Gay rights advocates have also expressed fury over the company’s financial support to a number of evangelical Christian ministries like the Family Research Council and the Fellowship of Christian Athletes – groups called anti-gay by detractors.

“This solidifies Chick-fil-A as being closely aligned with some of the most vicious anti-gay voices in the country,” said Carlos Maza of Equality Matters told Associated Press.

But Cleveland said this issue has nothing to do with gay marriage.

“That’s not the issue,” he told Fox News. “It’s about religious freedom. Businesses in the city of Chicago should be able to operate without fear of saying the wrong thing.”

Chick-fil-A posted more than $4.1 billion in sales last year, most of it below the Mason-Dixon Line. Just 14 of its restaurants are in the six states and the District of Columbia where gay marriage is legal. Illinois, which does not have same-sex marriage, has around a dozen, though only one in Chicago.

The Cathy family has never hid its Southern Baptist faith. Since Dan Cathy’s father, Truett, opened the first Chick-fil-A in 1967, the restaurants have been closed on Sundays, and the company refused to reconsider during the 1996 Olympics in Atlanta, sacrificing profits. It also boasts that the Chick-fil-A Bowl is the only college football bowl game with an invocation.

Roger Oldham, a spokesman for the Southern Baptist Convention, said many Christians want to support businesses owned by fellow believers, and the loyalty intensifies “when Christians see a fellow Christian being persecuted.”

“They will come out of the woodwork when a theologically based position is being politicized by individuals for their own purposes,” he said.

The Cathy family has never hid its Southern Baptist faith. Since Dan Cathy’s father, Truett, opened the first Chick-fil-A in 1967, the restaurants have been closed on Sundays, and the company refused to reconsider during the 1996 Olympics in Atlanta, sacrificing profits. It also boasts that the Chick-fil-A Bowl is the only college football bowl game with an invocation.

The company has also drawn support from Billy Graham, Sarah Palin, former Pennsylvania Senator Rick Santorum and Fox News Channel host Mike Huckabee – who launched “Chick-fil-A Appreciation Day” on August 1.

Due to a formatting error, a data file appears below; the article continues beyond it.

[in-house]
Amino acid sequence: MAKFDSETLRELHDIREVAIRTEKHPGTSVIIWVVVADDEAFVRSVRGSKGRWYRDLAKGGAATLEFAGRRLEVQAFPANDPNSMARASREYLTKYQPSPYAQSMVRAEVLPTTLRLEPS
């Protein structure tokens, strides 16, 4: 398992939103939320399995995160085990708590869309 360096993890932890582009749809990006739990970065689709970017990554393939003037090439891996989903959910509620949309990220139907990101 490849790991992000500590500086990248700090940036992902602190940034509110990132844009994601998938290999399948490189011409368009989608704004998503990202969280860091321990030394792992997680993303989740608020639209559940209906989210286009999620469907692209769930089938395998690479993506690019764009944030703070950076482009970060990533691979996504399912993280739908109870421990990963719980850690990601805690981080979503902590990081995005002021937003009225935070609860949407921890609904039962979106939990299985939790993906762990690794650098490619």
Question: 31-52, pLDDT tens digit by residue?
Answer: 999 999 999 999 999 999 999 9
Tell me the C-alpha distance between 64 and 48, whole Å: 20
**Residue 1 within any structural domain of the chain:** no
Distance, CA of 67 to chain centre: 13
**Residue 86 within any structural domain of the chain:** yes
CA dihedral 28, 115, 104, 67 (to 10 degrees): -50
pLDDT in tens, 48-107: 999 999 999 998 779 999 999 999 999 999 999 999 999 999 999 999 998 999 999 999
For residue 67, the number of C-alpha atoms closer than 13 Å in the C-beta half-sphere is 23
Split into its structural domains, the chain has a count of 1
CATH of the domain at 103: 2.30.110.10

With reporting from Associated Press

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Why you so sensitive? you might have one or two sizes too small shoes, that might explain it.

You call it "sensitive." I call it "tired of destructive politics."

Remember when the Republicans were implying that anyone not on board with their foreign policy were traitorous, non-patriotic terrorist sympathizers? This is exactly the same thing. It's not funny. It's sad.

shc likes this

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Nice. This whole Chic-filA controversy is gonna make my diet much harder. Just like I was compelled to eat at McD's because of the ******** Super Size me hullabaloo, now I fell compelled to eat at Chic-filA because of this. Sheesh, What do they have that is low-calorie?

meat, no fries no buns lol.

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You call it "sensitive." I call it "tired of destructive politics."

Remember when the Republicans were implying that anyone not on board with their foreign policy were traitorous, non-patriotic terrorist sympathizers? This is exactly the same thing. It's not funny. It's sad.

hahahaha

No, it isn't.

That is the hardest I have laughed in quite some time. Thanks.

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To me, the simple fact is that straight marriages receive benefits that gay marriages do not. That is unequal treatment under the law.

I think the answer is to either get government out of the marriage business entirely, or to provide equal treatment for all consenting adults to marry who they wish.

Much of what I see in response to that often seems like semantics.

If you want to call them 'civil unions' and give them the same rights, that would be fine with me. Unfortunately, that's not on the table.

Referring to 'tradition' seems silly. Traditions aren't valid in and of themselves.